August 16, 1940, marks the date of the first official U.S. Army parachute jump at Ft. Benning, Georgia. Although the US lagged behind other nations in the development and deployment of Airborne Forces, US airborne units went on to fight valiantly on every front in WWII, and were critical to the Allies success. Today, airborne units still represent some of the most prestigious and expertly trained forces in the United States military. The creation of August 16th as ‘National Airborne Day’ was made by President Bush in 2002 and ratified by the US Senate in 2009.

For today’s Friday Foto we feature another great shot of our friends from the WWII Airborne Demonstration Team on-site in southern France for the 75th Anniversary of Operation Dragoon. And there’s a little history lesson to go along with it…

Operation Dragoon 75 Update—

If you’re a Marine, this is a must read. Most of WWII Marine Corps history takes place in the Pacific. But here’s a case of often-overlooked USMC history. Our jump today celebrating the 75th Anniversary of Operation Dragoon went off without a hitch. We’ll have photos shortly. But did you know that surrounding Dragoon was a Marine Corps operation? These Marines pictured here jumped today to honor that operation.

Operation Union II was the Marine Corps’ operation in Southern France to support and work with the French Resistance to divert Nazi forces during the Allied invasion. Efforts started with USMC Captain Peter J. Ortiz who parachuted into occupied Southern France in January 1944 on assignment with the Office of Strategic Service (OSS). He and a small team spent the next five months in the French Alps (seen here in the background) training the French Resistance and ensuring that they were equipped.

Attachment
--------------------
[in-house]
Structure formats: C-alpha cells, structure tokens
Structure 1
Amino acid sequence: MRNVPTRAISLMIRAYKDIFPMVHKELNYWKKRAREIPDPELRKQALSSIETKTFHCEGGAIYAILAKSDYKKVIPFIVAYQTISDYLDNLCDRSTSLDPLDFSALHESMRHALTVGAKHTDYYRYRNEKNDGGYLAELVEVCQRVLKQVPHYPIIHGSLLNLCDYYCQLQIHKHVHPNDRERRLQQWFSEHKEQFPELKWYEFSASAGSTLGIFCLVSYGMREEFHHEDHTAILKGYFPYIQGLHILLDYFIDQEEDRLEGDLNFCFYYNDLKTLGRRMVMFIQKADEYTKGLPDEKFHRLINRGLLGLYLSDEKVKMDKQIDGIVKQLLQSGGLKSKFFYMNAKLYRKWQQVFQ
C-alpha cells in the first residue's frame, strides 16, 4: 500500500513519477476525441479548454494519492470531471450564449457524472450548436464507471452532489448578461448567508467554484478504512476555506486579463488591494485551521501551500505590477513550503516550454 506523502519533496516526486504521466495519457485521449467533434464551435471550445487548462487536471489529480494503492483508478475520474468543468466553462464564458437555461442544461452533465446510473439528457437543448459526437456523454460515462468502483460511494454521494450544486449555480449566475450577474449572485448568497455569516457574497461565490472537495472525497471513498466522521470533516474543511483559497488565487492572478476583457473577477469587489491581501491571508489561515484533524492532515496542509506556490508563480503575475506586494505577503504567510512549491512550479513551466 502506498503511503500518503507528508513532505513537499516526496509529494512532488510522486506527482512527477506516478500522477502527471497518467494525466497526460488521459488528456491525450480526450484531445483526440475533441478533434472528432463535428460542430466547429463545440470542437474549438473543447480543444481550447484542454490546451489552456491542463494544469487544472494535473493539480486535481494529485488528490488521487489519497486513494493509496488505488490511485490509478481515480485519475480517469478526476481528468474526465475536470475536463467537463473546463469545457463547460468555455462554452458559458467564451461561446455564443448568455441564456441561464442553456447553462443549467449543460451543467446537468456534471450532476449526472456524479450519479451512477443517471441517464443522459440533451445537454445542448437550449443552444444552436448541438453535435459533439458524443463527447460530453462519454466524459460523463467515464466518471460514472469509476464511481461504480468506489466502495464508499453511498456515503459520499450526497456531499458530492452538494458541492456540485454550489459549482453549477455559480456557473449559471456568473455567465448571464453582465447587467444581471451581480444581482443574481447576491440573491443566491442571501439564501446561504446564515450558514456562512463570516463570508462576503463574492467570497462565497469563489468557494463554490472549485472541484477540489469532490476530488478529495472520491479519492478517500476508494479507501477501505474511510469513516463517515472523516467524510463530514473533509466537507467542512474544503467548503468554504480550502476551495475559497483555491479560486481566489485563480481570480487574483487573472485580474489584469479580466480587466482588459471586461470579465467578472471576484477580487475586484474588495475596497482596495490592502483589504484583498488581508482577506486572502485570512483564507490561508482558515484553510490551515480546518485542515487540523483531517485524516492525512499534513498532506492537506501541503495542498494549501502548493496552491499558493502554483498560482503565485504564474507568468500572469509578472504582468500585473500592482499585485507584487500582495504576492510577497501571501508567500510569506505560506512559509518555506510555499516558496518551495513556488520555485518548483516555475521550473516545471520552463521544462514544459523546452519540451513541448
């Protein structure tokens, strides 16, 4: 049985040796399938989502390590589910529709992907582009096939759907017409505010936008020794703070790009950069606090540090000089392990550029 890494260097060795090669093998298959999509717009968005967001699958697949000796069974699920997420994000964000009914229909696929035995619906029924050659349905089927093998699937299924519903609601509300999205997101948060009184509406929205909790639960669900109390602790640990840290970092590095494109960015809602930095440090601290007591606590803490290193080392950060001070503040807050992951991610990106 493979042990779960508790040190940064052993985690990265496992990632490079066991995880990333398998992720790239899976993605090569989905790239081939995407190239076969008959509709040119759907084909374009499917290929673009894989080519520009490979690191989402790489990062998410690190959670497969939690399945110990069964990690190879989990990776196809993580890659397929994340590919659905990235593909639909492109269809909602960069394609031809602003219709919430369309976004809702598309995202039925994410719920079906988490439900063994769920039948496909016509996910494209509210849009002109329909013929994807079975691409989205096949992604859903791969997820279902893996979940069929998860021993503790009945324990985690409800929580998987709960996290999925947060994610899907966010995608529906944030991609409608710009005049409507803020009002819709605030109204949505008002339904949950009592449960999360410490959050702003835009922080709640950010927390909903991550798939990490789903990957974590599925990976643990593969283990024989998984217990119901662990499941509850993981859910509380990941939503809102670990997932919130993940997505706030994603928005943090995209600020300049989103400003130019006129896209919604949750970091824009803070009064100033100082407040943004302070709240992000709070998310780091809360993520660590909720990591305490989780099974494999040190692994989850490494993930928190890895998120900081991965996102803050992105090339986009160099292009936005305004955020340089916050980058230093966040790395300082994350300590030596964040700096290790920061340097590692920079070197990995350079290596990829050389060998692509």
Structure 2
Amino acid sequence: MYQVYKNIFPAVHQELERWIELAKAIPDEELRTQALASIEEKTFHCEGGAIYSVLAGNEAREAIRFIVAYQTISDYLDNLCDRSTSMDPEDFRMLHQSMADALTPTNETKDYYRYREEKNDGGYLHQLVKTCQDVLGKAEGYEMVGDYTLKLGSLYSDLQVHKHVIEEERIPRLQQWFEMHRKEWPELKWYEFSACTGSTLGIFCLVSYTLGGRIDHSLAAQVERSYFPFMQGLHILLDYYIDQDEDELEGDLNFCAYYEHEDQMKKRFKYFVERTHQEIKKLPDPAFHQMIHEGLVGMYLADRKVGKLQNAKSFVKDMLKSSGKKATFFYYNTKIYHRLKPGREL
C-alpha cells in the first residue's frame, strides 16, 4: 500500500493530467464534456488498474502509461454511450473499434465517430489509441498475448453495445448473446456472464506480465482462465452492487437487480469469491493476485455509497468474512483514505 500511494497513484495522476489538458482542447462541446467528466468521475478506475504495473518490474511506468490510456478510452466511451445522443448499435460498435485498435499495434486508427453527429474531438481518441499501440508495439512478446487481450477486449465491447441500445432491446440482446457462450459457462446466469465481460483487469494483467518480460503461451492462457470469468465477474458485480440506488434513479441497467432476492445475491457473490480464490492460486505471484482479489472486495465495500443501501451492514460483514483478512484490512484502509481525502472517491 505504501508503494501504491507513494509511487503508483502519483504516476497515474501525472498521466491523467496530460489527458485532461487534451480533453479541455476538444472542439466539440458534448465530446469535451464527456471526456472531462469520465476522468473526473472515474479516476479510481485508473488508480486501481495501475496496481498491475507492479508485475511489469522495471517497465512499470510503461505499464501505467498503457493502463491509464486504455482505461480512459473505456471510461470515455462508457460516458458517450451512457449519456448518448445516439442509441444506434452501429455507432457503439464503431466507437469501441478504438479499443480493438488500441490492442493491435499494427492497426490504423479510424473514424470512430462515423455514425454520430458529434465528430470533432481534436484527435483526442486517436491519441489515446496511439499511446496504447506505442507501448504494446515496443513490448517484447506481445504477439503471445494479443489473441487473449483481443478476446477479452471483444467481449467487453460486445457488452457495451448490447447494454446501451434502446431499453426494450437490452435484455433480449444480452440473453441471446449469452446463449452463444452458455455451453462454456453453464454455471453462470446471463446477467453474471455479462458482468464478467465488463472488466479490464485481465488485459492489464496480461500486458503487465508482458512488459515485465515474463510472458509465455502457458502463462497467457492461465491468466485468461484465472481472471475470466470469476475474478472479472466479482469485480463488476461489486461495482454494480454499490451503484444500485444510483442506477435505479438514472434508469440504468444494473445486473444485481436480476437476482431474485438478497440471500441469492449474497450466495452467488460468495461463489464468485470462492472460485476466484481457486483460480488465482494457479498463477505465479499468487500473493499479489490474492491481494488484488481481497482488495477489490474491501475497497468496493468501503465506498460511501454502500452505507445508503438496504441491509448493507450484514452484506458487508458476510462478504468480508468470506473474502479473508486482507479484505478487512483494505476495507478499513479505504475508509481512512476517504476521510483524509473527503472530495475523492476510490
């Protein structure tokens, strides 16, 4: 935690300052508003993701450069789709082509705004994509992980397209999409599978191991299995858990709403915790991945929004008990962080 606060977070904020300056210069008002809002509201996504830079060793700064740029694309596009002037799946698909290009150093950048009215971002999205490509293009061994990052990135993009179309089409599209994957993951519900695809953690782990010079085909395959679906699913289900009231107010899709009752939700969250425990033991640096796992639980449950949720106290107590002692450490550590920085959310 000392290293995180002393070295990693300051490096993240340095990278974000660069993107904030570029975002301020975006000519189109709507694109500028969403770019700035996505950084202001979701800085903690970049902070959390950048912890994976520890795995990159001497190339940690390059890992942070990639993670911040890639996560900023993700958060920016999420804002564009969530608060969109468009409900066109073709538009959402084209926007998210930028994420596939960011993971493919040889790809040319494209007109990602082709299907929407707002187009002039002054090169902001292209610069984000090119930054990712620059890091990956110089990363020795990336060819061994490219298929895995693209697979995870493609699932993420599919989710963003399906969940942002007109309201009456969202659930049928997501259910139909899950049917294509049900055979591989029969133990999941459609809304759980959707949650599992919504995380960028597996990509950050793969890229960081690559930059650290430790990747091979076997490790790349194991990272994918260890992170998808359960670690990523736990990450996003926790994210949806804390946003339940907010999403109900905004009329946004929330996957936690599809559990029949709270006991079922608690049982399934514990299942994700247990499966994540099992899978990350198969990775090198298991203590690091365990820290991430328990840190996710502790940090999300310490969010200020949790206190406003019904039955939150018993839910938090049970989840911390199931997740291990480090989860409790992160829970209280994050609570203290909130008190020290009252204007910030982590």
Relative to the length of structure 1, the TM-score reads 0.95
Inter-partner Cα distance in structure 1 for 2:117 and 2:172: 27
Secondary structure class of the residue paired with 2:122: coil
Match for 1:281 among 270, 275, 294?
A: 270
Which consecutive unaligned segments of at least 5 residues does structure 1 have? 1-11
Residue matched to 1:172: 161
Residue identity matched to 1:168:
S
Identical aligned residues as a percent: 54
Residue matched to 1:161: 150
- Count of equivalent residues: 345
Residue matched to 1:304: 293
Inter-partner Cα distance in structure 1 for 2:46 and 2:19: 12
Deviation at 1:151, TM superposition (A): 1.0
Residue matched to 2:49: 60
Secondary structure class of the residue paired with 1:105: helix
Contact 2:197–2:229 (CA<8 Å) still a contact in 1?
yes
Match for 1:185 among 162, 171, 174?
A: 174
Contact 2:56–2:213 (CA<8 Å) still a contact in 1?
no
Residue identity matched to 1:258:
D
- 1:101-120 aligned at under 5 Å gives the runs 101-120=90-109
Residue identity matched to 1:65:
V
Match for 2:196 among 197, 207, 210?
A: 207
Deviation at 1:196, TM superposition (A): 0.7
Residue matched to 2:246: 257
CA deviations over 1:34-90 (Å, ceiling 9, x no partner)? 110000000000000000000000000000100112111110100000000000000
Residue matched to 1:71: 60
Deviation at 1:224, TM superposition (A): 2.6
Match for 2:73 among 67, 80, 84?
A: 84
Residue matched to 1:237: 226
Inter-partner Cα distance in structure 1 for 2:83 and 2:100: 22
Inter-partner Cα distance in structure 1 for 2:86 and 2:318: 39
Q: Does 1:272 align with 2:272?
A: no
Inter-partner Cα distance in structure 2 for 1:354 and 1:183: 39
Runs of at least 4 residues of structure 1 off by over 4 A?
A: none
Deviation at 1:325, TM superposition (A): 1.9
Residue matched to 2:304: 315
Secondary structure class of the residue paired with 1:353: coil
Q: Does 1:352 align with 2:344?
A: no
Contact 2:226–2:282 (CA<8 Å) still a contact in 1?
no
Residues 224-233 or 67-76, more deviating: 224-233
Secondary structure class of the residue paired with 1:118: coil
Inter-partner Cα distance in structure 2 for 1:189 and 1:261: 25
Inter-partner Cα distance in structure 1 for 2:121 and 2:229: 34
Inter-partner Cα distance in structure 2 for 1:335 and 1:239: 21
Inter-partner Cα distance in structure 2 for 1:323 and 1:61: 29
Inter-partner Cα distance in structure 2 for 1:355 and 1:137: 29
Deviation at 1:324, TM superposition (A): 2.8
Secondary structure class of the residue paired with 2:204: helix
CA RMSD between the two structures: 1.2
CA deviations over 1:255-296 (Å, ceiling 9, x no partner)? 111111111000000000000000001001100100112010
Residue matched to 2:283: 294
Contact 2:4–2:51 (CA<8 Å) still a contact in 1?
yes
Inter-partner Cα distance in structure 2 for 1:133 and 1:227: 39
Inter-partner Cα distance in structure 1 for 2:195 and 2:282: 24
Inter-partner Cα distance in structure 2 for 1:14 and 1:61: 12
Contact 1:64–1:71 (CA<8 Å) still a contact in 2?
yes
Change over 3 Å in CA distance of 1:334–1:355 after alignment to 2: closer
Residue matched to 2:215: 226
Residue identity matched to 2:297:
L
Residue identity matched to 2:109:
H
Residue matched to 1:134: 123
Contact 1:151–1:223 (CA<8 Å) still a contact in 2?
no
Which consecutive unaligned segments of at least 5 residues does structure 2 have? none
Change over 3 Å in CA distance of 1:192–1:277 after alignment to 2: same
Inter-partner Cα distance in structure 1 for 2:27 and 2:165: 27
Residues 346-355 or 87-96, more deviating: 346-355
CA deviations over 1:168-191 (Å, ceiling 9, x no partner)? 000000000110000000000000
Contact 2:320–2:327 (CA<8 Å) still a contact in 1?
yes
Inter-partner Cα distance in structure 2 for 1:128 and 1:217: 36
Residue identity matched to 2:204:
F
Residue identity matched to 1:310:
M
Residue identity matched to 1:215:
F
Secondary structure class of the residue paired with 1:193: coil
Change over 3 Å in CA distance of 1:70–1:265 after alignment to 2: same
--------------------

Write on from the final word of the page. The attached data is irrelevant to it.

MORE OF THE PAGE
After five months Ortiz returned to England and began assembling a team that would parachute back into Southern France to lead the Resistance in support of Dragoon. On August 1, fourteen days prior to the main assault, Ortiz, now a Major, dropped into an area not unlike that seen here. Ortiz was supported by six other hand chosen Marines and a Captain from the Army Air Corps. Dropping from only 400 feet to evade detection, their parachutes opened almost on landing. One Marine perished from a parachute failure. Another was injured and deemed ineffective for the mission.

Working with the Resistance, the “Maquis,” Ortiz and his team began efforts to harass, probe, and distract Nazi forces. At one point, Ortiz and two of his men found themselves surrounded in the town of Centron. Ortiz who was fluent in German, French, English and Arabic, negotiated a surrender, knowing that continued fighting would result in the destruction of the town for “harboring spies.” Not long after being taken into captivity…Ortiz and his men escaped!

There is so much more to this story than we can share. Every detail, though, is a credit to the United States Marine Corps and their contribution to achieving the liberation of France.

Major Ortiz was the most highly decorated member of the OSS during the war with over 18 citations, including the Navy Cross with Gold Star. Prior to WWII he had served with the French Foreign Legion in North Africa. He had been captured by Nazi forces in 1940 but escaped and made his way to America where he joined the Marines. By the end of the war he rose to the rank of Lieutenant Colonel. After the war he pursued a successful career in Hollywood. He passed away in 1988 at the age of 74. He is buried in Arlington National Cemetery.

Our Marines here honoring the men of Operation Union II retired from the Marine Corps after multiple deployments. One a Lieutenant Colonel (left), the other a Master Sergeant. Thank you to them both for keeping the stories of our veterans alive to inspire a new generation! To all Marines, Semper Fi!

Photo credit:  WWII Airborne Demonstration Team